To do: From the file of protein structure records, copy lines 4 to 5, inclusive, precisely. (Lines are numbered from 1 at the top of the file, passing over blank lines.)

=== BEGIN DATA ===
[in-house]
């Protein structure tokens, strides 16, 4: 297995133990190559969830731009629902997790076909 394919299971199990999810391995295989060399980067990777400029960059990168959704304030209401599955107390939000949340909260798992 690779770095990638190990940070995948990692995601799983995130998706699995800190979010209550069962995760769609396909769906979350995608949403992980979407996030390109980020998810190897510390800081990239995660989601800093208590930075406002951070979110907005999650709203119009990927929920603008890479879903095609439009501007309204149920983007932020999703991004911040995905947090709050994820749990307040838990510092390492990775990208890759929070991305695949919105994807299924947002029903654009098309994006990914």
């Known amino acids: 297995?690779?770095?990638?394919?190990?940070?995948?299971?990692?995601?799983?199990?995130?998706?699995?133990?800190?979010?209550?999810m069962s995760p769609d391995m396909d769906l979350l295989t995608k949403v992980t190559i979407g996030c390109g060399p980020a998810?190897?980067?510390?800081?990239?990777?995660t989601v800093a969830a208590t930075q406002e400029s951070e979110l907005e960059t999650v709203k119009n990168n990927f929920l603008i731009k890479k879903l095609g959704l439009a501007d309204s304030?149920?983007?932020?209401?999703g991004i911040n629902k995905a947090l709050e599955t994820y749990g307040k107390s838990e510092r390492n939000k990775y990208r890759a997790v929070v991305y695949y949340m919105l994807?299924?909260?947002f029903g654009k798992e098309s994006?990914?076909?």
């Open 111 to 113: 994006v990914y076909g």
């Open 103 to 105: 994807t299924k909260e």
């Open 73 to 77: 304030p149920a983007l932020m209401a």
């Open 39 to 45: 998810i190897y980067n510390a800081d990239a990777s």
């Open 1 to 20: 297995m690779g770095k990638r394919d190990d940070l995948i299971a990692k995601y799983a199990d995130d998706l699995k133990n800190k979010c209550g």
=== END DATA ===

């Open 111 to 113: 994006v990914y076909g």
């Open 103 to 105: 994807t299924k909260e």